Off Script: Phantom Hearts and the Elusive Nature of Angina
On the final day of TCT 2018, two late-breaking trials shed a light on difficult angina subsets.
SAN DIEGO, CA—Many of us in interventional cardiology are drawn to the definitive black-and-white logic of our specialty. See significant, appropriate lesion; stent significant, appropriate lesion with the full belief that in doing so, we save lives and prevent suffering. Oftentimes, though, our simplistic frameworks fail us, and we sometimes face patients who simply do not fit in this world view. In a small but not insignificant proportion of the patients we care for, our angiograms fail to show lesions in patients with chest pain and our stents fail to take the chest pain away. In spite of the large body of literature describing clinical entities of chest pain without epicardial coronary disease, patients are frequently told “It’s not your heart, it’s in your head,” leaving both parties upset and dissatisfied.
Pain is very real on a personal level, but so far we have failed to establish an objective meter for it, having to rely primarily on self-reported pain intensity. The foundations of modern empiric medicine are heavily grounded in the Virchowian world-view of disease as visible, measurable pathology, and unmeasurable pain is anathema to this objective, grounded approach. Pain syndromes such as fibromyalgia, irritable bowel syndrome. and anginal syndrome X continue to be a source of frustration, disappointment, and nihilism for many of us who practice clinical medicine and a phantom menace for those who suffer the pain itself. Two trials presented as late breakers on the last day of TCT 2018 will hopefully help us to shed light into this shadowy corner of clinical practice.
Chasing Angina in ABSORB IV
The results of ABSORB IV, designed to further the cause of the struggling first-generation Absorb bioresorbable vascular scaffold (BVS; Abbott), offered us something potentially more meaningful, namely, some interesting insights into angina. In order to conclusively test the hypothesis that a BVS would result in less angina compared to a rigid, metallic stent (an observation from ABSORB II, but not ABSORB III), investigators went to exquisite lengths to ensure suppression of any psychological placebo effect of the perception that they had “special treatment” with the new “special stent.” More than 2,600 patients were randomized, and comprehensive measures undertaken to guarantee patients were truly blinded to their treatment allocation, including the use of headphones playing music during the procedure and follow-up by a physician without knowledge of the original procedure. Extensive, standardized angina questionnaires were issued after the fact and testing of the effectiveness of masking was performed in both groups, proving that the masking was effective.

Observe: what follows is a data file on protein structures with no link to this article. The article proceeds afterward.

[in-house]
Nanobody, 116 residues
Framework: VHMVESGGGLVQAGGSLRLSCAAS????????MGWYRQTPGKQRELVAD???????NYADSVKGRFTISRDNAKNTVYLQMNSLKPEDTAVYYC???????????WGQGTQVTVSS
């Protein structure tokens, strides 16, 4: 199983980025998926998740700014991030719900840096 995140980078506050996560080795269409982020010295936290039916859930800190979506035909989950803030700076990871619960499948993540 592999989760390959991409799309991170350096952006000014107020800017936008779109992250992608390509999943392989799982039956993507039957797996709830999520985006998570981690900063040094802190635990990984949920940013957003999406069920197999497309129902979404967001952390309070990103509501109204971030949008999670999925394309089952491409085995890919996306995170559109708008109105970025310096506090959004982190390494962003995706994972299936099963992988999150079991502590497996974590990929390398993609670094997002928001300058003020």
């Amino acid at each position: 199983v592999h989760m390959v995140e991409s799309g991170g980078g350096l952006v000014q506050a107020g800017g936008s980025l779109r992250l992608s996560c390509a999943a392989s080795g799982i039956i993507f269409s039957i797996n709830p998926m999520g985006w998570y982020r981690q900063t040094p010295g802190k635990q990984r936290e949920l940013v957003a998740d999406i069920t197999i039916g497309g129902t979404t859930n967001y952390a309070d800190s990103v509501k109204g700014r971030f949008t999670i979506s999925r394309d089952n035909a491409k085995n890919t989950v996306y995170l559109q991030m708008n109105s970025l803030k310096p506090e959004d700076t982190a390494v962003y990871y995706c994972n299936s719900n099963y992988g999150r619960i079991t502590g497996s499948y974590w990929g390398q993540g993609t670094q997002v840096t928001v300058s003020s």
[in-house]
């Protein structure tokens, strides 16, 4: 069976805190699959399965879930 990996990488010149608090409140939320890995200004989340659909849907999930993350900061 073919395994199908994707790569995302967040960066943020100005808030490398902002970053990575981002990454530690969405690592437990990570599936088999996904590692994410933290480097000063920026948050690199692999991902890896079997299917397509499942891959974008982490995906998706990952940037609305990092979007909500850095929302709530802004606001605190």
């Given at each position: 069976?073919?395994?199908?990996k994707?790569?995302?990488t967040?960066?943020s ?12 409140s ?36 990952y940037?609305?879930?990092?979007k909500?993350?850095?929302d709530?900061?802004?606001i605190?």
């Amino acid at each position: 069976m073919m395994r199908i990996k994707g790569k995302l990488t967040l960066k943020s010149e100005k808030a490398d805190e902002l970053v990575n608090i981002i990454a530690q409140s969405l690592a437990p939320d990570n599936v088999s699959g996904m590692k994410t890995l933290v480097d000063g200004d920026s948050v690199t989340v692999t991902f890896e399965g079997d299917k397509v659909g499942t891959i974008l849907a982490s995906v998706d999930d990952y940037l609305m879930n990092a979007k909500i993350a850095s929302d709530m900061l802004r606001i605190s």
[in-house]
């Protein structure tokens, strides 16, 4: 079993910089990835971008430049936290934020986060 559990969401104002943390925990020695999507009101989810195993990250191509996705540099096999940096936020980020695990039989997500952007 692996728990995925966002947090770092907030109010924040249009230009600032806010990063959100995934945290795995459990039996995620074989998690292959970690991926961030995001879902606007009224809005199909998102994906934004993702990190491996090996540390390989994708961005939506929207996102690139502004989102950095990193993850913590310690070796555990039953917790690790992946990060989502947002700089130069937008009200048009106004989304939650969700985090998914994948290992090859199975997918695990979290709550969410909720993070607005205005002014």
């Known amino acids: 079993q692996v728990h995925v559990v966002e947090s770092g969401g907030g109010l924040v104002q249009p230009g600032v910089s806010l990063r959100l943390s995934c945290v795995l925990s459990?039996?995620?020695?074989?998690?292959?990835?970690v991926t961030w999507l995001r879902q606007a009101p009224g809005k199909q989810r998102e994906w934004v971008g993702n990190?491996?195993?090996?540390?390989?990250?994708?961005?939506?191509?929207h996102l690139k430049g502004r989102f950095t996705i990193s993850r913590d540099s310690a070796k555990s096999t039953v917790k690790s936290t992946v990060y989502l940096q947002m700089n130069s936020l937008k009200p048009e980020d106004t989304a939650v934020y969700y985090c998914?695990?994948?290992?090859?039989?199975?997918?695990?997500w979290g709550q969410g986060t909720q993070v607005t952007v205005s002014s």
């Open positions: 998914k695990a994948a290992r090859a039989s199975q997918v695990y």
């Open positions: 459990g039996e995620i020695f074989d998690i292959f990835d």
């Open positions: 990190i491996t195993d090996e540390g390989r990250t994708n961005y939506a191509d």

Despite what would be presumed to be full revascularization, and accounting for repeat revascularization, 20% of all patients in both arms still had angina, a common finding in PCI trials. One other finding also struck me as interesting: at the end of a year, in the 17% of patients who felt they knew what type of stent they had received, 85% felt they had received the “special” device—the BVS—whether or not they were treated with a regular drug-eluting stent or the BVS.
CorMicA: Hope for Syndrome X?
ABSORB IV was followed by a fascinating, first of its kind randomized trial, CorMicA, in which patients with angina, most of whom had positive stress tests, were enrolled if they had no significant epicardial coronary artery disease on coronary angiography or fractional flow reserve testing. In the study, sponsored by the British Heart Foundation, all patients underwent objective, standardized coronary microvascular and vasoreactivity testing, but only half were randomized to have the results shared with their treating teams. Strikingly, only 12% of patients were free of objective abnormalities and almost 90% had objective evidence of either microvascular, vasospastic, or mixed angina.
Using knowledge of the objective findings, the patient’s cardiologist and primary care physician applied the European Society of Cardiology guidelines on the treatment of angina without epicardial coronary artery disease, which notably recommends against the use of beta-blockers in vasospastic disease. In contrast, there is an absence of specific guidelines for therapy of similar patients in the American College of Cardiology guidelines and many of these patients may have simply been classified as “syndrome X patients.” This strategy resulted in significant improvements in anginal scores at 6 months, patient (and undoubtedly physician) satisfaction, and quality of life.
The study lays the groundwork for much to come in what will likely be a field that will grow with renewed interest. Should index of microcirculatory resistance (IMR) testing be more widespread? Should we resume pharmacological provocative vasospastic testing on a regular basis? How important will it be to subcategorize patients with “angina without epicardial coronary disease,” and what implications will this have on choice of therapeutic protocols in their anticipated efficacy and avoidance of specific agents? Should we consider testing in patients treated with PCI who have persistent angina—can patients have both?
Many questions remain, but it appears we may be starting to exorcise some demons.